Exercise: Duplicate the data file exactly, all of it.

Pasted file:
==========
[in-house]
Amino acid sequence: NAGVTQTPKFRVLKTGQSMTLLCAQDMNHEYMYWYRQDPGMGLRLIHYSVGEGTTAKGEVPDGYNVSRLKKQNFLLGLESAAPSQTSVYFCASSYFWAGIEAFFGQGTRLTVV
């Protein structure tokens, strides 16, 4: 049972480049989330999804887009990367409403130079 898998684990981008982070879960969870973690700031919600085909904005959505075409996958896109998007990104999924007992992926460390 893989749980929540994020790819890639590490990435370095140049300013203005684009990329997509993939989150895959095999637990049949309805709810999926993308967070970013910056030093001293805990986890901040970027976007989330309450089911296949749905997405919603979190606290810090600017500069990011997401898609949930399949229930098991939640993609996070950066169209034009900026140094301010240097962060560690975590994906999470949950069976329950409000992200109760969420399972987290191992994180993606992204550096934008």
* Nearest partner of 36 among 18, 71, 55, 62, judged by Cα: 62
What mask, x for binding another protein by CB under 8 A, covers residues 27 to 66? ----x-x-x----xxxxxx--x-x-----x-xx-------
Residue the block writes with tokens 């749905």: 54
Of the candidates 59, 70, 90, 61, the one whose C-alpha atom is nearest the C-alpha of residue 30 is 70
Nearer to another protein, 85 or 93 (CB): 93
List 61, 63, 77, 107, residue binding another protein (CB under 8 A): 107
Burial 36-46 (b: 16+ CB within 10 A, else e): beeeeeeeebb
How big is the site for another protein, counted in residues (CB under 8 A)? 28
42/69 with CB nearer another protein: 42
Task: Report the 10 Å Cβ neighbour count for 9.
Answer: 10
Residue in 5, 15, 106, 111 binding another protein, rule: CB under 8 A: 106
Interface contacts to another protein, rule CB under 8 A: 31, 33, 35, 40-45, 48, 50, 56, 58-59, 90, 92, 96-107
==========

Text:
[in-house]
Amino acid sequence: NAGVTQTPKFRVLKTGQSMTLLCAQDMNHEYMYWYRQDPGMGLRLIHYSVGEGTTAKGEVPDGYNVSRLKKQNFLLGLESAAPSQTSVYFCASSYFWAGIEAFFGQGTRLTVV
């Protein structure tokens, strides 16, 4: 049972480049989330999804887009990367409403130079 898998684990981008982070879960969870973690700031919600085909904005959505075409996958896109998007990104999924007992992926460390 893989749980929540994020790819890639590490990435370095140049300013203005684009990329997509993939989150895959095999637990049949309805709810999926993308967070970013910056030093001293805990986890901040970027976007989330309450089911296949749905997405919603979190606290810090600017500069990011997401898609949930399949229930098991939640993609996070950066169209034009900026140094301010240097962060560690975590994906999470949950069976329950409000992200109760969420399972987290191992994180993606992204550096934008």
* Nearest partner of 36 among 18, 71, 55, 62, judged by Cα: 62
What mask, x for binding another protein by CB under 8 A, covers residues 27 to 66? ----x-x-x----xxxxxx--x-x-----x-xx-------
Residue the block writes with tokens 């749905």: 54
Of the candidates 59, 70, 90, 61, the one whose C-alpha atom is nearest the C-alpha of residue 30 is 70
Nearer to another protein, 85 or 93 (CB): 93
List 61, 63, 77, 107, residue binding another protein (CB under 8 A): 107
Burial 36-46 (b: 16+ CB within 10 A, else e): beeeeeeeebb
How big is the site for another protein, counted in residues (CB under 8 A)? 28
42/69 with CB nearer another protein: 42
Task: Report the 10 Å Cβ neighbour count for 9.
Answer: 10
Residue in 5, 15, 106, 111 binding another protein, rule: CB under 8 A: 106
Interface contacts to another protein, rule CB under 8 A: 31, 33, 35, 40-45, 48, 50, 56, 58-59, 90, 92, 96-107